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10 of 11 people found the following review helpful
Storm at the Center of a Collection of X-men IssuesAug. 6 2011
S. H. Wells
- Published on Amazon.com
Marvel Premier Classic that collects Uncanny X-Men 186, 198, 205, 214 and material from X-men (1963) #53.
Lifedeath is part of the Marvel Premier Classic series. These are attractive hardcovers with simple black jackets with a featured piece of art on the front (In the case of Lifedeath, the art is an excellent Storm in her mohawk/leather jacket phase). The binding is sewn and the paperstock is high quality both for the pages and for the jacket.
Lifedeath showcases the collaboration between Chirs Claremont and Barry Windsor-Smith. Windsor-Smith's art contains some of the most iconic, best renditions of the characters of the X-Men universe to have ever graced the series. The level of detail and emotion portrayed--particularly on Storm--has probably never been surpassed.
The issues within are a bit of a mixed bag. The only storyline a reader can follow in this hardcover volume is Lifedeath & Lifedeath II stories (Uncanny X-Men 186 & 198). These two issues are the centerpiece of this collection. The issues center on Storm and her loss of her mutant powers at the hands of one of Forge's inventions. The emotional highs and lows of love, loss, coping, and grieving are expertly handled.
Issue 205 "Wounded Wolf" centers on an epic battle between Wolverine and Lady Deathstike (her debut in the X-men). The art is top notch. However it is a bit disjointed and hard to place within the X-Men storyline with out any kind of introduction.
Issue 214 "With Malice Towards All" focuses on Dazzler (but includes the gritty mohawk/leather Storm). This issue is notable in that covers Dazzler's entrance into the X-Men. It also has some great images of the pre-ninja Psylocke.
Finally Issue 53 is pretty campy, early X-Men. It is a great inclusion because it demonstrates how far Windsor-Smith (and the X-Men as a whole) evolved over the decades.
After the collected issues there is a gallery of covers by Windsor-Smith as well as a few other sketches and drawings (covers for X-Men 54, 55; Marvel Team-Up 150 (Spider Man & X-Men); Firestar 4; New Mutants 36, 40, 41, 42, 43, 44, 45, 46, 47, 48; Uncanny X-Men 212, 216).
Because the issues do not contain a single unified story, Lifedeath may leave some readers a bit confused. However, if you have followed the X-Men for a while, I believe that each issue within Lifedeath demonstrates some of the best art in the X-Men series. I tend to think that the Premiere Classics would be better with a couple pages of introduction or preface by the artists. That said, X-Fans will not want to miss these issues collected in a beautiful hadcover.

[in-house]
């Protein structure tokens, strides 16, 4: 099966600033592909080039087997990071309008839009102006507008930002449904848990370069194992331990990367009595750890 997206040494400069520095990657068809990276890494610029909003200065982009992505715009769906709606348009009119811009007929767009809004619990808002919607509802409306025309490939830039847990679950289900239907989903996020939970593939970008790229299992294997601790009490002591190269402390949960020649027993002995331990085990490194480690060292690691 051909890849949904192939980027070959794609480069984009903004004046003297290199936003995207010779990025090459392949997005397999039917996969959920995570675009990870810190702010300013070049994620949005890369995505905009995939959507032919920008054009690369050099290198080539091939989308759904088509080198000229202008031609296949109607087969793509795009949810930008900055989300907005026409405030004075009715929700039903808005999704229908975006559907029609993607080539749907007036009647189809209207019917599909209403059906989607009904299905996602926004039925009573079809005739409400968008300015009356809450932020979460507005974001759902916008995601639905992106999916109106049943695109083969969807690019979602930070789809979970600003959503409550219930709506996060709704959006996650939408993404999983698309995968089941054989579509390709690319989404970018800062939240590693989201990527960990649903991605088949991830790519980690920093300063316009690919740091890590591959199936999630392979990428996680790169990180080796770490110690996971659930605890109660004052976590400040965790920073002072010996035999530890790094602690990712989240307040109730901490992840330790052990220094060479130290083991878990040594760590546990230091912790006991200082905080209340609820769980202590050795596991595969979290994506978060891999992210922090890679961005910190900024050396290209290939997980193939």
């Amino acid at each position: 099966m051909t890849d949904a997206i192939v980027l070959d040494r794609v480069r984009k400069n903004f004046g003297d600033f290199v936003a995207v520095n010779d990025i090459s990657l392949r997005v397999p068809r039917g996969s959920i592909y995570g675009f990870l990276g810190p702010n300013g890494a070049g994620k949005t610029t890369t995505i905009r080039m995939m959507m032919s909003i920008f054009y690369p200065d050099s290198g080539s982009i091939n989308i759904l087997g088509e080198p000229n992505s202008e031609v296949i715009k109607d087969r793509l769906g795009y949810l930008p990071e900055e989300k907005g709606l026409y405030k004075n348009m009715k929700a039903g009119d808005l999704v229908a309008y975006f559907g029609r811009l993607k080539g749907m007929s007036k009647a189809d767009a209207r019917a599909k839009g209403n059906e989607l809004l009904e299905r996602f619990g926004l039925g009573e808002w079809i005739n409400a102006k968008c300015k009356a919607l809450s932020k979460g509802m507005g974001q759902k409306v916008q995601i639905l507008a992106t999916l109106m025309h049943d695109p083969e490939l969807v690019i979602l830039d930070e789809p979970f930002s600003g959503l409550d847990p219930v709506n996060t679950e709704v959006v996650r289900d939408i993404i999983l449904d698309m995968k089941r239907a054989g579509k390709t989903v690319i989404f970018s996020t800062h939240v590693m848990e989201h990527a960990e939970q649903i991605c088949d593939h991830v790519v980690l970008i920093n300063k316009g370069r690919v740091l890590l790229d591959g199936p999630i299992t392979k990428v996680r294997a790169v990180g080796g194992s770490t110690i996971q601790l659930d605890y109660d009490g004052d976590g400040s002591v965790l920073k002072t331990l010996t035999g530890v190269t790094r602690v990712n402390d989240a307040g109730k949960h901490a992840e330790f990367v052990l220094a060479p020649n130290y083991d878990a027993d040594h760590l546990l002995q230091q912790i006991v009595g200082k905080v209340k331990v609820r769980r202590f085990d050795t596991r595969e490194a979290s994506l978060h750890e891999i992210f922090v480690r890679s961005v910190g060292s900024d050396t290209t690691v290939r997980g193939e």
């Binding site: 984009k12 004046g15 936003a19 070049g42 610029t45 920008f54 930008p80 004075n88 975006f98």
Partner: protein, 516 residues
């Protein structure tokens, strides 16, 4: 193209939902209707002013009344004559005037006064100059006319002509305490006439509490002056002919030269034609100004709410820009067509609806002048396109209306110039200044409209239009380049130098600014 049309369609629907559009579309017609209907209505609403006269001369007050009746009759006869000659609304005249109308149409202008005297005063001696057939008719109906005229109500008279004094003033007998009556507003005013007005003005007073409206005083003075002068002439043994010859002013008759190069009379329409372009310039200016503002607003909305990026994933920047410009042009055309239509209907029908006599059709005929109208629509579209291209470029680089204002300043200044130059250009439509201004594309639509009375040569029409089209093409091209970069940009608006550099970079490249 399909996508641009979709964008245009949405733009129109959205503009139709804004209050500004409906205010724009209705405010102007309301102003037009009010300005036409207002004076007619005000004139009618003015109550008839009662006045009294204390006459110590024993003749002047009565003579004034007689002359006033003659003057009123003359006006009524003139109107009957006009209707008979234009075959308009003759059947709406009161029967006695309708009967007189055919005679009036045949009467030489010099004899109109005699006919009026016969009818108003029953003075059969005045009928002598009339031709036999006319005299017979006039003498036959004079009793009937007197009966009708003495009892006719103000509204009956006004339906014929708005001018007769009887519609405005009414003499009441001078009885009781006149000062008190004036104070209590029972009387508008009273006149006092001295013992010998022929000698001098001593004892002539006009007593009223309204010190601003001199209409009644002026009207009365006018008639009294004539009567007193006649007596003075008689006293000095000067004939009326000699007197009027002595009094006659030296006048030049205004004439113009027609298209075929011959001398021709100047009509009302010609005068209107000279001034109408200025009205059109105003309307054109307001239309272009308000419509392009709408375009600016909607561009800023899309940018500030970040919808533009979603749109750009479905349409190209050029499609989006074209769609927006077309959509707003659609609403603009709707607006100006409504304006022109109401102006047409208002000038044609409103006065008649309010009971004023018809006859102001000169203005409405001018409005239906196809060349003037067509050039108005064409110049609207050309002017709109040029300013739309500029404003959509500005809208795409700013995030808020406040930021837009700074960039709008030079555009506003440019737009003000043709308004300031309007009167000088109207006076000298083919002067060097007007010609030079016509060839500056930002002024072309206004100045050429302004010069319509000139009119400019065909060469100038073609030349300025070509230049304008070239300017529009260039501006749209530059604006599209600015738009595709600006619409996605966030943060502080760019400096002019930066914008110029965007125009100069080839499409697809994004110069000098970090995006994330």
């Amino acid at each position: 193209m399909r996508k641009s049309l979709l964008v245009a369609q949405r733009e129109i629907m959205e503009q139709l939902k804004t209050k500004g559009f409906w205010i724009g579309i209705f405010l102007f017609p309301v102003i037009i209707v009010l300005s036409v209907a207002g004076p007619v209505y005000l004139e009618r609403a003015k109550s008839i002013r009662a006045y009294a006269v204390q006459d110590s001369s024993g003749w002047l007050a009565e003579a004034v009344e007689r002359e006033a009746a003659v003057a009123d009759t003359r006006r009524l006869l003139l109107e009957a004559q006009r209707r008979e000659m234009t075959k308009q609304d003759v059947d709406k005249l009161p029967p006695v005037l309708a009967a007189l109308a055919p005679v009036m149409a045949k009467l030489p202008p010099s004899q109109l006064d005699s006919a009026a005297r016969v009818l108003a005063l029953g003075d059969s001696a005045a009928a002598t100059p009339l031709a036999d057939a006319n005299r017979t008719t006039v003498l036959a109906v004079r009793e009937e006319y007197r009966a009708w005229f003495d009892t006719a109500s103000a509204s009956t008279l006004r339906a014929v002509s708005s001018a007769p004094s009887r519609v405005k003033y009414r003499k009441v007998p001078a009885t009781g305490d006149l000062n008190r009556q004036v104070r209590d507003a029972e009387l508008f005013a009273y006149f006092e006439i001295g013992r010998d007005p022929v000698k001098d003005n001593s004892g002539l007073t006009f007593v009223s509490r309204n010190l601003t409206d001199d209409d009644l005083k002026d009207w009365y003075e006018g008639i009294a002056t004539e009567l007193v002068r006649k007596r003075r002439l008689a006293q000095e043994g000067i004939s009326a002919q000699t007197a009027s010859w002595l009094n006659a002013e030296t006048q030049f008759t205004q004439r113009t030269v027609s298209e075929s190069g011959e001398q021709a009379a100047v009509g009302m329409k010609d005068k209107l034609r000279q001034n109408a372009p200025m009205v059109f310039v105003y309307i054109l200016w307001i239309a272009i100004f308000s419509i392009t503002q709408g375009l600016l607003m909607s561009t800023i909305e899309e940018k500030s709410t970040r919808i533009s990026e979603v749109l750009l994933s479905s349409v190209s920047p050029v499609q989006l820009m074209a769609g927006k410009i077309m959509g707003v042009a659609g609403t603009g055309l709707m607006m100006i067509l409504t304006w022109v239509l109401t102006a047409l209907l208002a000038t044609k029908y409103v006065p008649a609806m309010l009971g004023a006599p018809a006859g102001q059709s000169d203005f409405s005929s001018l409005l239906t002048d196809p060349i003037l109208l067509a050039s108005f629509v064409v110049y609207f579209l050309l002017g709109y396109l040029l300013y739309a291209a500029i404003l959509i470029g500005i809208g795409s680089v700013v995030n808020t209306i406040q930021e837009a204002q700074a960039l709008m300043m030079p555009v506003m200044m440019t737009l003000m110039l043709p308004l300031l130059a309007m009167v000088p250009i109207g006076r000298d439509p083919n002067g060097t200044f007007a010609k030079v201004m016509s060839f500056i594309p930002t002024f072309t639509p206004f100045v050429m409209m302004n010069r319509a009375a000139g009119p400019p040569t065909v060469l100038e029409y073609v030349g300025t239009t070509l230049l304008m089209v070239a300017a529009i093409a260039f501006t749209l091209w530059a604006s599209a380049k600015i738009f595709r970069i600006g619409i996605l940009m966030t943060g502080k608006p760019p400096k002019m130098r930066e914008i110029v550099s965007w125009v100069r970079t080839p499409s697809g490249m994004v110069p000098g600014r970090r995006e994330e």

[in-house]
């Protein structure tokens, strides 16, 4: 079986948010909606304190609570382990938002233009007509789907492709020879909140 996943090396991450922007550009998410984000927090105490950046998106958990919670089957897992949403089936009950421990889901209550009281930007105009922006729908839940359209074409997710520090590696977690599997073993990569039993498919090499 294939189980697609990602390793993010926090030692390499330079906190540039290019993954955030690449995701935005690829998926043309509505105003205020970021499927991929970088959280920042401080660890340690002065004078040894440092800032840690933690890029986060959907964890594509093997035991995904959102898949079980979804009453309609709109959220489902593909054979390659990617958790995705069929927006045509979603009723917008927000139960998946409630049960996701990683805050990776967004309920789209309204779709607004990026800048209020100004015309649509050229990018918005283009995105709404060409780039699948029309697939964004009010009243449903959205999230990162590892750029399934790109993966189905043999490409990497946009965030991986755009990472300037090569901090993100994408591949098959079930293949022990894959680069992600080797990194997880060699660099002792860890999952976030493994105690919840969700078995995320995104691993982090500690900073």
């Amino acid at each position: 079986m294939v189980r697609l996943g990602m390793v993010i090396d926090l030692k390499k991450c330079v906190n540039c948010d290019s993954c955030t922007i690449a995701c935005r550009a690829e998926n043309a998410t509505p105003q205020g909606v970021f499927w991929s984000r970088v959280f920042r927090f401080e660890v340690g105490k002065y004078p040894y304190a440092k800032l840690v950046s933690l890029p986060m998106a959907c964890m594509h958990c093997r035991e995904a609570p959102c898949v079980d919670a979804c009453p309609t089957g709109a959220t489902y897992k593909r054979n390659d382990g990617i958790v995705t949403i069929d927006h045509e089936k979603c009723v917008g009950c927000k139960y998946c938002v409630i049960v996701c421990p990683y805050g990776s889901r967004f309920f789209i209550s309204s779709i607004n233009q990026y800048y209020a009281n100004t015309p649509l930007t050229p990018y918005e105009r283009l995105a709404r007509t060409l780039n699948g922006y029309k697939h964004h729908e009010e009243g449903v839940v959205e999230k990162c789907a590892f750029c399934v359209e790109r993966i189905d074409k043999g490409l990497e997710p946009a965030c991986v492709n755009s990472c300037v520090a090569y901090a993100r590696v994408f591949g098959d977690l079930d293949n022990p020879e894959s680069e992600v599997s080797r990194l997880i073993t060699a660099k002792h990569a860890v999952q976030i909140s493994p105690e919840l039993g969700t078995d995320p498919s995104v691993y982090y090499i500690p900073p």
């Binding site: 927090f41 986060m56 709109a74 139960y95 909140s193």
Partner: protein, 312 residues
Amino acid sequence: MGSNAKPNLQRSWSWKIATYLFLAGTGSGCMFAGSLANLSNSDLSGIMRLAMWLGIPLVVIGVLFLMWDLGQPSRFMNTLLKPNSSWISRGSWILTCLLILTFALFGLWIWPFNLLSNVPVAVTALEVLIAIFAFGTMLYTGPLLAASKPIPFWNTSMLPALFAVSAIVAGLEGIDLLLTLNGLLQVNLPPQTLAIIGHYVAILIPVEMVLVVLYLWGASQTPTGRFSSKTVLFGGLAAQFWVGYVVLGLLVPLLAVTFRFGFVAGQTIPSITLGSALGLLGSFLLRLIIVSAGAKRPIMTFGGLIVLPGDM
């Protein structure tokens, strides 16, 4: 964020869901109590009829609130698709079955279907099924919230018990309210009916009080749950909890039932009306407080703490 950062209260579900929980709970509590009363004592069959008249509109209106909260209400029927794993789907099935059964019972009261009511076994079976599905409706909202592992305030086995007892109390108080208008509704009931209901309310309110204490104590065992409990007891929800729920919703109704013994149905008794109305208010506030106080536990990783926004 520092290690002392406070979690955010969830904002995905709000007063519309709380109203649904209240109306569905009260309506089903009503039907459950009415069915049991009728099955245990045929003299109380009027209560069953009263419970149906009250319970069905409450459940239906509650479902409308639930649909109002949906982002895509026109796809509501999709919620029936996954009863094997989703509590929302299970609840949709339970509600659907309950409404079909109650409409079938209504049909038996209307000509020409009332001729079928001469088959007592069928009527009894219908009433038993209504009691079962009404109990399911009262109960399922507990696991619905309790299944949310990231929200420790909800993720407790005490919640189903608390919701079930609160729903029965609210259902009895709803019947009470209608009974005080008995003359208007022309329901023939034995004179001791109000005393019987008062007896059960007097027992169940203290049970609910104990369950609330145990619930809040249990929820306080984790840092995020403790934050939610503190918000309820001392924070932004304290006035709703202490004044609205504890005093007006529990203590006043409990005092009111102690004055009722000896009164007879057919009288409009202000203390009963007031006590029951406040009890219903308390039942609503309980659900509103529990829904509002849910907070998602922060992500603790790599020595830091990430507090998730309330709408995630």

4 of 4 people found the following review helpful
Collection of comics work, from a masterJune 30 2013
M. L. Peters
- Published on Amazon.com
Barry Windsor Smith's classic work on the X-Men, in a durable format.
The first LIFEDEATH chapter can be seen (along with the Machine Man limited series) as being Barry Windsor-smith's return to mainstream comics. Terry Austin ably (perhaps better than any inker, other than BWS himself) inks Barry's penciled artwork and Chris Claremont is at his height as a collaborative writer (Claremont always did his best comics work, with strongly story-telling oriented artists/co-plotters).
LIFEDEATH II is a Barry Windsor-Smith holistic masterpiece - - inking and coloring it himself, as well as co-plotting with Chris Claremont -- a single issue that feels like so much more, as it shows so much quality, in art and nuanced storytelling - - quality surpassing quantity.
Wounded Wolf, is Barry drawing Wolverine and laying a lot of groundwork for future Wolverine stories, by himself and others. It can be seen as an artistic testing of the waters, before BWS's acclaimed "Weapon X" story.
With Malice Toward All is not at the high level of these other stories, feeling less visionary and intense as the other works, but many images and pages shine and it's still the work of a master, with all the talent and skill that entails.
The last story featured, "The Rage of Blastarr!" is a little out o place, as it is Barry's earliest work, in the book, predating the other works by well over a decade... It's Barry's first American comics work published. It's crude and deeply in the shadow of Jack Kirby, though without Kirby's skill (I think Barry was barely 20 years old, or so...) and more of historical interst, showing just how far BWS's talent and skill came... it can be hard to wrap your head around the fact that the young artist who drew X-Men #53, also drew X-Men #198's comics as fine-art LIFEDEATH II.
Rounding out the book are several covers BWS has drawn for X-Men and New Mutants books, ranging from very early, late '60s examples, to the astounding 1980s work.
1 of 1 people found the following review helpful
Storm gets deepNov. 19 2013
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Beautiful artwork; fantastic story. I love Storm, and this period of powerlessness is a vital part of her story that some people may not know. Crucial addition to any Storm fan's collection!